The New York City Health Department now has its own MySpace, complete with a healthy roster of friends (albeit may fictional ones) at its debut this week. The Department anticipates their presence in the world of social networking will create a safe place for teens and tweens to seek help, take polls and play games. Visitors will also have the opportunity to send confidential messages to mental health counselors. Sounds great, but it's about 10 years too late.

Just as they're coming online, social networking has catapulted far beyond the promise of MySpace. Services like Twitter and the revolution in telepsychiatry continue to open up brave new frontiers. The point isn't technology for its own sake, of course; it's to help people and maybe save lives. Technology is endlessly revealing new and improved means to do just that.

So kudos and plaudits to the New York City Health Department; I wish others would be progressive as well. Now if we can just get bureaucracy to get in step with technology, we would realize a compunding of benefits.Sphere: Related Content

Monday, July 7, 2008

Case Study: Rashida Comes to the New World

Rashida is a 22-year-old female from Iran. She arrived in our emergency room, accompanied by family and friends. She sat forlornly in her hospital bed, quiet and guarded. Her family did most of the talking. From them I learned that Rashida had only been in the US for three days. She had just come as a political refugee, by way of Austria.

Since arriving in the US, Rashida has been increasingly agitated, paranoid and threatening. So much so that she had reportedly threatened to murder her family. Mind you, Rashida had been evaluated just the day before and was cleared psychiatrically by two different mental health professionals.

It seems she went home that evening, told the family she was going to kill them, and was caught in the middle of the night hovering over her sleeping mother with a butcher knife. Apparently such behavior was nothing new for Rashida, as her family told me of two separate assaults on her mother, both in Iran and in Austria. Today her mother was still sporting a black eye, and various bruises from Rashida's last attack. So they know she's capable of exacting violence on the family and at this point, they are scared and unable to sleep in their own home while she's there. While the family explained all of this, Rashida sat in her bed, staring vacantly at all of us. "Do you know why you're here," I asked.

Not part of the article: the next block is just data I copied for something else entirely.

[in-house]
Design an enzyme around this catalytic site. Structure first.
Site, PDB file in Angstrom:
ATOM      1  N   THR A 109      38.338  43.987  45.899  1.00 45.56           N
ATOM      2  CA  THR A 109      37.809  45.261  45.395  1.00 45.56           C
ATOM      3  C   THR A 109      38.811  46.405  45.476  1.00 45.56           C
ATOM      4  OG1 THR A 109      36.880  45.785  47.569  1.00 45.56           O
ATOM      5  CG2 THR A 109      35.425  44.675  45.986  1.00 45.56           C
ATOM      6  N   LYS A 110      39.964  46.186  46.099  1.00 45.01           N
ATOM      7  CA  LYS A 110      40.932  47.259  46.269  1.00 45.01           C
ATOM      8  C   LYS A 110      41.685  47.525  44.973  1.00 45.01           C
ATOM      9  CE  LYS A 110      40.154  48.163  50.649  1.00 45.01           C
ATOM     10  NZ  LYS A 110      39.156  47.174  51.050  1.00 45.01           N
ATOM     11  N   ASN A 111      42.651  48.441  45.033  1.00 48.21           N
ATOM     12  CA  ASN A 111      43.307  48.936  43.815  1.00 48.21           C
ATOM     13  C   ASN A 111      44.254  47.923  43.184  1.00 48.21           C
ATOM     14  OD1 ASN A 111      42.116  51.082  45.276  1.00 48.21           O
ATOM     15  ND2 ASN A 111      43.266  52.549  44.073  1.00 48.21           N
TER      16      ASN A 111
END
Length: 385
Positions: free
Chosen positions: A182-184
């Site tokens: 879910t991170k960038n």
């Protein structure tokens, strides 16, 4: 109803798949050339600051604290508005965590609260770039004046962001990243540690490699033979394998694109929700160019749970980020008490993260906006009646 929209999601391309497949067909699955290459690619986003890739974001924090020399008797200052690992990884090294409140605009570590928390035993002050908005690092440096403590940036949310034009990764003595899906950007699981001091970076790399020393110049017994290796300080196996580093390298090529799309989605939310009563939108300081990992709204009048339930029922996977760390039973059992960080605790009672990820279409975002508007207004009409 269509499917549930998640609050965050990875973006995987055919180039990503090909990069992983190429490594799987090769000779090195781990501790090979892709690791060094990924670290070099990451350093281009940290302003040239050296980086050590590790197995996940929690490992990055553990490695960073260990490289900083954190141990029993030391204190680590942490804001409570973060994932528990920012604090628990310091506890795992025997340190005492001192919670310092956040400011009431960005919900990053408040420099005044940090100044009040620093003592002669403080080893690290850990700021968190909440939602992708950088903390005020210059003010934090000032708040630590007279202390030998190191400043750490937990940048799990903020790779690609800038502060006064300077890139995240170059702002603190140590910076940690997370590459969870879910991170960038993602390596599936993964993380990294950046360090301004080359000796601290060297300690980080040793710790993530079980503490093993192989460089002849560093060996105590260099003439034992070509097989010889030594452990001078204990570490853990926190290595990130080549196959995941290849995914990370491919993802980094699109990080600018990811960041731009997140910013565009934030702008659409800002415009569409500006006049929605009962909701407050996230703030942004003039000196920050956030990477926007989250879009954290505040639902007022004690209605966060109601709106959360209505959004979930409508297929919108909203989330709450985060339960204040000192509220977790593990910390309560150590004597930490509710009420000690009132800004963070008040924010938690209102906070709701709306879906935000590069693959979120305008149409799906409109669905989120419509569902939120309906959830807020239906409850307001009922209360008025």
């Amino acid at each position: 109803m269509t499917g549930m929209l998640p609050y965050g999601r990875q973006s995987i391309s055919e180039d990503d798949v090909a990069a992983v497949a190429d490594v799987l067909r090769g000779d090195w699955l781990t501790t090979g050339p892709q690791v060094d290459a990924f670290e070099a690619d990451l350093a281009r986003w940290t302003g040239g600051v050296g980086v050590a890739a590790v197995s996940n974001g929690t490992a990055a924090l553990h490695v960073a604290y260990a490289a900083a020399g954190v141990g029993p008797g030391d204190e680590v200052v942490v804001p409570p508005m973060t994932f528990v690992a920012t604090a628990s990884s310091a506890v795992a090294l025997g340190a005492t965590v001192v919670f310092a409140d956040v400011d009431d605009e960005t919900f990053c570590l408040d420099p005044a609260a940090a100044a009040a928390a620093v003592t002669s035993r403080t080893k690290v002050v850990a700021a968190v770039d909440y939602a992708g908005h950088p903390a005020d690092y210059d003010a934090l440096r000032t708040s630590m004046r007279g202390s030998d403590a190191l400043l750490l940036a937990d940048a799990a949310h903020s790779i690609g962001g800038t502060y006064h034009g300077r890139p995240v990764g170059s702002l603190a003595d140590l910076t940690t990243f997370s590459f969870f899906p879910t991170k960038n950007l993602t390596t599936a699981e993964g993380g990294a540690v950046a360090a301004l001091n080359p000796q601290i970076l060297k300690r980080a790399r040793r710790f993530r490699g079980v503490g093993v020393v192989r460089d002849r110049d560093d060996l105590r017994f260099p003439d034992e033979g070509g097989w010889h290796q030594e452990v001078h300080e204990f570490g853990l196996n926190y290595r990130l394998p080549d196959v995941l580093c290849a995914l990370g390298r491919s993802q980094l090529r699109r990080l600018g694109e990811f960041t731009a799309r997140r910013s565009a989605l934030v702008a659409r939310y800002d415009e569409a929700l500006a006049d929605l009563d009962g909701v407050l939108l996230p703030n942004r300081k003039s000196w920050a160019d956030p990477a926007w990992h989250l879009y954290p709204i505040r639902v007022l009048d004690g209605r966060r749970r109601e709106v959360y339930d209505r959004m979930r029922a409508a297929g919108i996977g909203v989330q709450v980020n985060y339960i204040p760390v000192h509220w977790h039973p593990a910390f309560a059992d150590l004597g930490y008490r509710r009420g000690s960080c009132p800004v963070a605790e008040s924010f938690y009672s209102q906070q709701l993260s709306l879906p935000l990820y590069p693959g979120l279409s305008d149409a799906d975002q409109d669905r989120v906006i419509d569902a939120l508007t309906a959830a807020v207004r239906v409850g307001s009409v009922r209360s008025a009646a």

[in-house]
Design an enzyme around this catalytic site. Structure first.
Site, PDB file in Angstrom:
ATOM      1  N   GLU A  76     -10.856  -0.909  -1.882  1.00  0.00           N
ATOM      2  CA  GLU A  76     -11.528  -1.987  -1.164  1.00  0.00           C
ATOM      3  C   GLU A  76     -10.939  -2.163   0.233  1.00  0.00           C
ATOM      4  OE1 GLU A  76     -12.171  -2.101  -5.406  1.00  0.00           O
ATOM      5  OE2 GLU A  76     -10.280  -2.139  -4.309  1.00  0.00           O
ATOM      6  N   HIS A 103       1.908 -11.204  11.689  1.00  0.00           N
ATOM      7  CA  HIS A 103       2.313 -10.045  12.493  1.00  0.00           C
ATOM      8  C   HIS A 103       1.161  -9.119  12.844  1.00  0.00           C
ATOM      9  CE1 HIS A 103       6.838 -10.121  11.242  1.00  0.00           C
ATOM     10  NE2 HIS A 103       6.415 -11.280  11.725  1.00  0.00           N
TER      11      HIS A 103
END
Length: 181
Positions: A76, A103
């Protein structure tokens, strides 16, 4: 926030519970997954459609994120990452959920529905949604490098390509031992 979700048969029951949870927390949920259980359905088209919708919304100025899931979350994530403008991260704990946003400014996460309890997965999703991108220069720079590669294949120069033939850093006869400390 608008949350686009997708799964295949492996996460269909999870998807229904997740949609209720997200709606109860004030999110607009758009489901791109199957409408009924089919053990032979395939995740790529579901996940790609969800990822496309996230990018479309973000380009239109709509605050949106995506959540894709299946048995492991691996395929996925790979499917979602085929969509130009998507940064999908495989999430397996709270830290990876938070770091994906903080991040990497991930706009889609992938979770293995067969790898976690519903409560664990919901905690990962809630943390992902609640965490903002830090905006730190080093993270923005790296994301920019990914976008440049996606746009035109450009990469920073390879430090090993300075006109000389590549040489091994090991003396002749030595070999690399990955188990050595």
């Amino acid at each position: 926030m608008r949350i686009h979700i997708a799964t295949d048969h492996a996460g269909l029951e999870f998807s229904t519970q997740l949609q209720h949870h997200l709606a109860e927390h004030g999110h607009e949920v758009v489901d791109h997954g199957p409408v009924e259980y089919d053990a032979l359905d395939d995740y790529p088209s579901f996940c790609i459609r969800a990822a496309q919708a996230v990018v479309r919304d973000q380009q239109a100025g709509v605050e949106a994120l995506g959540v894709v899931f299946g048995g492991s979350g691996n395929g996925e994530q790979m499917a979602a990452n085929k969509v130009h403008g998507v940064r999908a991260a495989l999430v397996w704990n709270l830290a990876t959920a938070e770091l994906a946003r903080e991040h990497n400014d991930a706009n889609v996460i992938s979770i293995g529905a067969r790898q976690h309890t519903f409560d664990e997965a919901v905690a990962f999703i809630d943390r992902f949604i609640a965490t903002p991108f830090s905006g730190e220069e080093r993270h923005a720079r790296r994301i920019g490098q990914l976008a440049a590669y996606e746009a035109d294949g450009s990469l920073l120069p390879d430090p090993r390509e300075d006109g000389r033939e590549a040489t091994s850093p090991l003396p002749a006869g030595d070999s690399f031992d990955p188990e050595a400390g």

"Because I want to go to university," she replied. It seems the family had told her that in order to go to school in the US, she would have to go to the hospital for blood tests. They said that was the only way they could get her into the hospital.

"Have you threatened to hurt any of your family?" I asked.

"No, no. I would never ever do anything like that to my family."

"Did you threaten to kill them yesterday? Or today?"

"Of course not!"

By now, Rashida had gotten out of her bed and, as we spoke, she inched closer and closer to the door. Two security officers moved towards her. Rashida panicked. She suddenly lunged for the door, pushing her body weight as hard as she could against all of us. More staff rushed over, subduing her in a way that we are trained to do, but which is never comfortable. It is especially disconcerting to this day, when it is a female you’re subduing. Restraints were applied at her wrists and ankles. Rashida screamed, surely cursing us in her native tongue.

Between screams, she spat at us. She tried to bite us. She writhed on the bed, using all her might to squirm her way out of the restraints. Her nurse rushed in to the rescue armed with a syringe filled of psychotropic medications. Rashida would be getting a potent cocktail of Haldol, Ativan, and Cogentin in her right butt cheek. This scenario played out for about 15 minutes, getting the attention of nearly every patient and staff in the emergency room.

I promptly wrote my 5150 and advised her that, at least for the next 72 hours, she would be staying with us.

When everyone's adrenaline had declined, I had an opportunity to meet with Rashida's family. Over the course of the next few days, I would learn a great deal about Rashida and how her life had come to this. It seems that Rashida had been a local celebrity singer in Tehran. Then one day, about a year and a half ago, Rashida's parents decided they would be immigrating to the US. Rashida, they said, must go. After all, she was single and had no commitments, to her father's way of thinking, that might keep her in Tehran.